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Iraqi Special Forces Take Village, Position on Mosul's Edge

Advances in the south have been slower with government forces still 20 miles from the city
By The News · 31 of October 2016 09:00:16
Iraqi Federal Police officers observe as air and ground strikes hit the town of Shura, some 30 kilometers south of Mosul, Iraq, No available, photo: AP/Marko Drobnjakovic

BAZWAYA, Iraq – Iraqi special forces advanced on the Islamic State (I.S.)-held city of Mosul from the east on Monday, taking heavy fire but seizing the last I.S.-held village before the city’s eastern limits and clearing a path that was followed by army units.

Armored vehicles, including Abrams tanks, drew mortar and small arms fire as they moved on the village of Bazwaya in the dawn assault, while allied artillery and airstrikes hit I.S. positions. By evening the fighting had stopped and the units took up positions less than a mile from Mosul’s eastern border and some five miles from the city center.

Three suicide car bombers tried to stop the advance during the day before the army took control of the town but the troops destroyed them, said Brig. Gen. Haider Fadhil. The army said another unit, its ninth division, had moved up toward Mosul and was now approximately 3 miles from its eastern outskirts, the neighborhood of Gogjali.

At one point, a Humvee packed with explosives raced ahead in an attempt to ram the forces, but Iraqi troops opened fire on it, setting off the charge and blowing up the vehicle. Plumes of smoke rose in the air from I.S. positions hit by artillery, and airstrikes the army said came from its U.S. allies.

Iraqi state television described the operation as a “battle of honor” to liberate the city, captured by I.S. from a superior yet neglected Iraqi force in 2014.

Some residents hung white flags on buildings and from windows in a sign they would not resist the government troops, said Maj. Salam al-Obeidi, a member of the special forces operation in Bazwaya. He said troops were requesting that villagers stay inside their homes as Iraqi forces made their way through the streets, as a precaution against potential suicide bombers.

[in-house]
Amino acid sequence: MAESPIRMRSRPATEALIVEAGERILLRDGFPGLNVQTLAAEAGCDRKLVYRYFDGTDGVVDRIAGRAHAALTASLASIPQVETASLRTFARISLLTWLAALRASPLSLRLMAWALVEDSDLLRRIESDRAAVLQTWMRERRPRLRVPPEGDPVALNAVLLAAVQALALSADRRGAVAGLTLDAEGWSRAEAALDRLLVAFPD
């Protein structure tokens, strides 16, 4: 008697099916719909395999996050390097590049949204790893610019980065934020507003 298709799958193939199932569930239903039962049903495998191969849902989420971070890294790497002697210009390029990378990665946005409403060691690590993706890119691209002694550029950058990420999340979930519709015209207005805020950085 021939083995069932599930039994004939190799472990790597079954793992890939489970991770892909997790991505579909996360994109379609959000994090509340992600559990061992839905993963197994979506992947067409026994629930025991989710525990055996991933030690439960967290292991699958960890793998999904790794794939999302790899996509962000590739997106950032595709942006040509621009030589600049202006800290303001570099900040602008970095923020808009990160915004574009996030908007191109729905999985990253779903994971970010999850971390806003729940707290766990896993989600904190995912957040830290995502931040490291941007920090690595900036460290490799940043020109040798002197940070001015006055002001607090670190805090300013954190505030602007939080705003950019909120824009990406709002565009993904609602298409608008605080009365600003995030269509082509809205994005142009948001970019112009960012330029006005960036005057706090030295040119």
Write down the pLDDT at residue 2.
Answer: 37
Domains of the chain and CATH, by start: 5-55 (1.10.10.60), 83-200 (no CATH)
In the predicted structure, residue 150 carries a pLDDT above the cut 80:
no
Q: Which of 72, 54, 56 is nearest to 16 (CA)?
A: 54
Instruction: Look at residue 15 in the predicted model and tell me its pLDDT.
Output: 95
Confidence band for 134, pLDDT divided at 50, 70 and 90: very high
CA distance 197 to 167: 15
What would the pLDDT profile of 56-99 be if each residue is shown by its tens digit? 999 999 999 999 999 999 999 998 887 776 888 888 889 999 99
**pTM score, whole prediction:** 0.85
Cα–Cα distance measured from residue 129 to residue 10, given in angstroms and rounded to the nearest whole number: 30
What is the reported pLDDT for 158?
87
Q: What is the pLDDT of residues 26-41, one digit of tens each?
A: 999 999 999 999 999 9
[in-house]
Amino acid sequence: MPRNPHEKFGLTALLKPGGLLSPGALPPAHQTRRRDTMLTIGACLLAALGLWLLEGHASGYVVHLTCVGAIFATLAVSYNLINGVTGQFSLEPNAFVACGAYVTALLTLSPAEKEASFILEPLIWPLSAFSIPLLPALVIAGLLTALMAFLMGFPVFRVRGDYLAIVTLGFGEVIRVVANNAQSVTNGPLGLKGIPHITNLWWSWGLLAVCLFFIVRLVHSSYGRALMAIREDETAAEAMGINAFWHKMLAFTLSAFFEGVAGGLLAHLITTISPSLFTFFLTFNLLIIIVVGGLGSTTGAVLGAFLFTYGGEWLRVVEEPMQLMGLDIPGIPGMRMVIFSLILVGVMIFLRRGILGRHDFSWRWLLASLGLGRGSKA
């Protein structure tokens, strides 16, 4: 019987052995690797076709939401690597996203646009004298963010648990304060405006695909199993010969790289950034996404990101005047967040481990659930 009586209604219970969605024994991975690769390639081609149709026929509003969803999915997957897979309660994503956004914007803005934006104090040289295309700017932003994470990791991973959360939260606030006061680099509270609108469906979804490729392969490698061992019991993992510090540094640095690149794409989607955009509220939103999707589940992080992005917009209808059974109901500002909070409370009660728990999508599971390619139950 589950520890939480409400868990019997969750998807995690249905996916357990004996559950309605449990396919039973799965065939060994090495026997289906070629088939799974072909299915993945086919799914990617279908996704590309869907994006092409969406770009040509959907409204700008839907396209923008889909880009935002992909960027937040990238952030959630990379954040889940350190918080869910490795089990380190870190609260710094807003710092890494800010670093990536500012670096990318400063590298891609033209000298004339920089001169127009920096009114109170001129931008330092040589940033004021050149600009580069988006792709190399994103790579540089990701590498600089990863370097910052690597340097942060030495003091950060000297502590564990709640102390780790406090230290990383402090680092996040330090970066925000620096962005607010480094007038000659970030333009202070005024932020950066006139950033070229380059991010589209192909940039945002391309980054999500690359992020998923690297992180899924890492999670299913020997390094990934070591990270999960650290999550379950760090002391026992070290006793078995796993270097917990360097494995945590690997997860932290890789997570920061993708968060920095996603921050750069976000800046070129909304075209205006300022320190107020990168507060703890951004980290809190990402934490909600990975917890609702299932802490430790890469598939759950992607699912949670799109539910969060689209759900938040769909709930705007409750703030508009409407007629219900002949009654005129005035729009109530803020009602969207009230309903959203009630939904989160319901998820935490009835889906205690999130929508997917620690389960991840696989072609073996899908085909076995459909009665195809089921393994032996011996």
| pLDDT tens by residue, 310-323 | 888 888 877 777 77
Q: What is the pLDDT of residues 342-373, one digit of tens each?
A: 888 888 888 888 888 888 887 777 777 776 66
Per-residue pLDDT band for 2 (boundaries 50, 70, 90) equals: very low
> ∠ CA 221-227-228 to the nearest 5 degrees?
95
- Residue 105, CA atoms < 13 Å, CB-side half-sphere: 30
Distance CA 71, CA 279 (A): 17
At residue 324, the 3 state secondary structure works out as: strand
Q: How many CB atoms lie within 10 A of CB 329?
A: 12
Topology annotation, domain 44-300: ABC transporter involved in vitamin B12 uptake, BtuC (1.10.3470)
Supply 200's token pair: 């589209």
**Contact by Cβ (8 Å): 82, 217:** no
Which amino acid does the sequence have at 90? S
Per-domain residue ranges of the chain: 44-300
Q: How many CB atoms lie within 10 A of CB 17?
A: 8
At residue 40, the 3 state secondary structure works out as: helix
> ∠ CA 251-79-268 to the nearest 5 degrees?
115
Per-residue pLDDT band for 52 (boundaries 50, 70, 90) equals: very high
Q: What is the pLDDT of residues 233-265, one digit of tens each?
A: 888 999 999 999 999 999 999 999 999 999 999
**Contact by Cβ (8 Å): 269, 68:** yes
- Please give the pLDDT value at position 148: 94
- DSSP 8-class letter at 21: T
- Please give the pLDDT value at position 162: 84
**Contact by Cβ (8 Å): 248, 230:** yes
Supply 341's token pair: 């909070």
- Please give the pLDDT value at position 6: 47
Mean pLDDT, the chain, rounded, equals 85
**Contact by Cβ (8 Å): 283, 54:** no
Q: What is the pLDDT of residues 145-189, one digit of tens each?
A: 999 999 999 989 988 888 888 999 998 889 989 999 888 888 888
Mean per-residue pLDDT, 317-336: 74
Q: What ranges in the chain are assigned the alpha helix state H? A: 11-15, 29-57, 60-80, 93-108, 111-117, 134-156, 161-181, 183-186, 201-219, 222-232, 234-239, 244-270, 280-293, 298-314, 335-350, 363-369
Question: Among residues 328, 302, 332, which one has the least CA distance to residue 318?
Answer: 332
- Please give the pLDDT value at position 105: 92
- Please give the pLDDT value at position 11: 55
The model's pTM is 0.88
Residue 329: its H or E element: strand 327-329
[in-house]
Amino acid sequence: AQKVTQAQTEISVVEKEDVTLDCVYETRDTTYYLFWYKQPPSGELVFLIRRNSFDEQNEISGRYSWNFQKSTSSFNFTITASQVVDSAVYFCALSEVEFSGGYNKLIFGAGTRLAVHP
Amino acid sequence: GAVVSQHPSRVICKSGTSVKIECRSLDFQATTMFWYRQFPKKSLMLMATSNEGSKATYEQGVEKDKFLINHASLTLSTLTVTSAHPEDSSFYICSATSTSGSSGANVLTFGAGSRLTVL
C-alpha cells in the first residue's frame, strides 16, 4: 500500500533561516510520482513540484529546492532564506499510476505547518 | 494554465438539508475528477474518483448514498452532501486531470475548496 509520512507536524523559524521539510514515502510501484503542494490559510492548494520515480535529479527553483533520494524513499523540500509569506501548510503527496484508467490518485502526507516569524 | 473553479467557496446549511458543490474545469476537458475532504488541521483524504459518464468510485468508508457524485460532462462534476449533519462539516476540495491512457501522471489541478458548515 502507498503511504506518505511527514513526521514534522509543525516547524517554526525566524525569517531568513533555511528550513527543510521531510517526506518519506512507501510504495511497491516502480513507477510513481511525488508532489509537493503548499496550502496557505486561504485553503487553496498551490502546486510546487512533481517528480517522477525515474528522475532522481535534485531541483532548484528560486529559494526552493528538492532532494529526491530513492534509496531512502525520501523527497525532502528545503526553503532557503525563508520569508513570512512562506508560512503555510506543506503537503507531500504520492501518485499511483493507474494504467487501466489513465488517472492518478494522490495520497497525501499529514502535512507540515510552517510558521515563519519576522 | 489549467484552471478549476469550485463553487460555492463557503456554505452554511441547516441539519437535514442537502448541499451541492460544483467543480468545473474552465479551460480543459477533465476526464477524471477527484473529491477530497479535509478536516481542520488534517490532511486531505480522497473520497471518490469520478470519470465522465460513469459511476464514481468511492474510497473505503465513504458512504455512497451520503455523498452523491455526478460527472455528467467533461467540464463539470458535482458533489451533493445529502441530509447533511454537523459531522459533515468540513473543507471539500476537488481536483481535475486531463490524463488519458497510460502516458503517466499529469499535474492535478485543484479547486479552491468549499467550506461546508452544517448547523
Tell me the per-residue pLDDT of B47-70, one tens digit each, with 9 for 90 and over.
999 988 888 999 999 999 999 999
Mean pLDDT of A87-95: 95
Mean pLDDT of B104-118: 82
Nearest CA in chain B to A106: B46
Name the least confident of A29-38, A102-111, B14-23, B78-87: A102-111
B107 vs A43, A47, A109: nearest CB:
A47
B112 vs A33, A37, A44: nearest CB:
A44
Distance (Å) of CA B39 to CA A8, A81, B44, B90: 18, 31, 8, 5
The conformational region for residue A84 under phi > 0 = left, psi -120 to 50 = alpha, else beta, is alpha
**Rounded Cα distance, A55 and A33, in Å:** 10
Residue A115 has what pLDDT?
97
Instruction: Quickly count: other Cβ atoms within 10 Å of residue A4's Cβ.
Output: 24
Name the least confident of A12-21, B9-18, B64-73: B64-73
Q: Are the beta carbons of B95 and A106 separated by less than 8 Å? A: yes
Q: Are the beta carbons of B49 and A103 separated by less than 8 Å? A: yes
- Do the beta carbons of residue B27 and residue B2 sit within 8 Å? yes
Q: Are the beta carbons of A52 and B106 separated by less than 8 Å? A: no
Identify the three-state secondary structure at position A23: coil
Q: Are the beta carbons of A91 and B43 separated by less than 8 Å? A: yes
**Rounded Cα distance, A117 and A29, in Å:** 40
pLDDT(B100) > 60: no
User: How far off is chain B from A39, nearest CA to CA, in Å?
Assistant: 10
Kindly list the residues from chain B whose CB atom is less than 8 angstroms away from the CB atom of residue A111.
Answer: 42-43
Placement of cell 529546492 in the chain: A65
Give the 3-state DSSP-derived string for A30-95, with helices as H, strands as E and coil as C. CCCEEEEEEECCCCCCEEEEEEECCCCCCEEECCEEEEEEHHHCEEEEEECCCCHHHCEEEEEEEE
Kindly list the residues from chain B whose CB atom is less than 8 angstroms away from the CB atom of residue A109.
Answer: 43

For two weeks, Iraqi forces and their Kurdish allies, Sunni tribesmen and Shiite militias have been converging on Mosul from all directions to drive I.S. from Iraq’s second largest city. The operation is expected to take weeks, if not months.

Since the offensive began on Oct. 17, Iraqi forces moving toward the city have made uneven progress. Advances have been slower in the south, with government forces there still 20 miles from the city.

The U.S. military estimates I.S. has 3,000 to 5,000 fighters inside Mosul and another 1,500-2,500 in the city’s outer defensive belt. The total number includes around 1,000 foreign fighters.

Iraqi Prime Minister Haider al-Abadi announced on his website on Monday that he would be visiting troops near the front line.

A day earlier, thousands of fighters flocked to join Iraq’s state-sanctioned, Iran-backed Shiite militias who aim to cut off Mosul from the west. In a series of apparent retaliation attacks, bombers on Sunday struck in five of Baghdad’s mostly Shiite neighborhoods, killing at least 17 people.

The deadliest of the explosions, a parked car bomb, hit a popular fruit and vegetable market near a school in the northwestern Hurriyah area, killing at least 10 and wounding 34. On Monday, I.S. issued a statement claiming responsibility for the attack.

Also Monday, separate attacks in and around Baghdad killed at least eight people and wounded 25 others, police said. The deadliest took place in the southern Dora neighborhood when a bomb ripped through an outdoor vegetable market, killing three civilians and wounding nine others, police added.

Medical officials confirmed the casualty figures. All officials spoke on condition of anonymity as they were not authorized to release information.